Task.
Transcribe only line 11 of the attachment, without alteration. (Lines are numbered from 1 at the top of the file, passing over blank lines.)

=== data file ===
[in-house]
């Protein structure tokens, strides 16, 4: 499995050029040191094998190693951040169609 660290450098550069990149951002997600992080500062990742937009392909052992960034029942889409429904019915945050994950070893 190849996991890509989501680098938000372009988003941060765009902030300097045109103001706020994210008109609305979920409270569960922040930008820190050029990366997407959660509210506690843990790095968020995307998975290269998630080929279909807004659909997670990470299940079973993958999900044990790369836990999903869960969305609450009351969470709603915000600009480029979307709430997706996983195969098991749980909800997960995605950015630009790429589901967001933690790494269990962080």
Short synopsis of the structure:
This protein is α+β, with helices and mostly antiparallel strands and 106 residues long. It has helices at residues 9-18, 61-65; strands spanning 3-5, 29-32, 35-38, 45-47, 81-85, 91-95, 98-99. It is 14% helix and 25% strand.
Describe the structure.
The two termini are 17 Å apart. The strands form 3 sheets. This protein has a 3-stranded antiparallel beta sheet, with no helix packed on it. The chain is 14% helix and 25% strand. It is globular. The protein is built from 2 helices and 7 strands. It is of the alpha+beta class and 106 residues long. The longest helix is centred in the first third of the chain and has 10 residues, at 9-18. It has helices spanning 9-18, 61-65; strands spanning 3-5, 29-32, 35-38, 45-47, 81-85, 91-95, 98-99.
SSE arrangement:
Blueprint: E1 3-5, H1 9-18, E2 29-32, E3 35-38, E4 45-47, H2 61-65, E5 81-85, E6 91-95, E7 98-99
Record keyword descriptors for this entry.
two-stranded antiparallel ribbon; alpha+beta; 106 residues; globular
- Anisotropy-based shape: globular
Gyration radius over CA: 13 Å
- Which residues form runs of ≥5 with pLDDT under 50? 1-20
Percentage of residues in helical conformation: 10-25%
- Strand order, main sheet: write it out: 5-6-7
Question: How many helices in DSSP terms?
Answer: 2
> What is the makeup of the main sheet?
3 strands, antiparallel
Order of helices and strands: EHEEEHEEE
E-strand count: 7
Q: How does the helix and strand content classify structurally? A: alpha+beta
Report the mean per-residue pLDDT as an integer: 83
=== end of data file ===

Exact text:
- Anisotropy-based shape: globular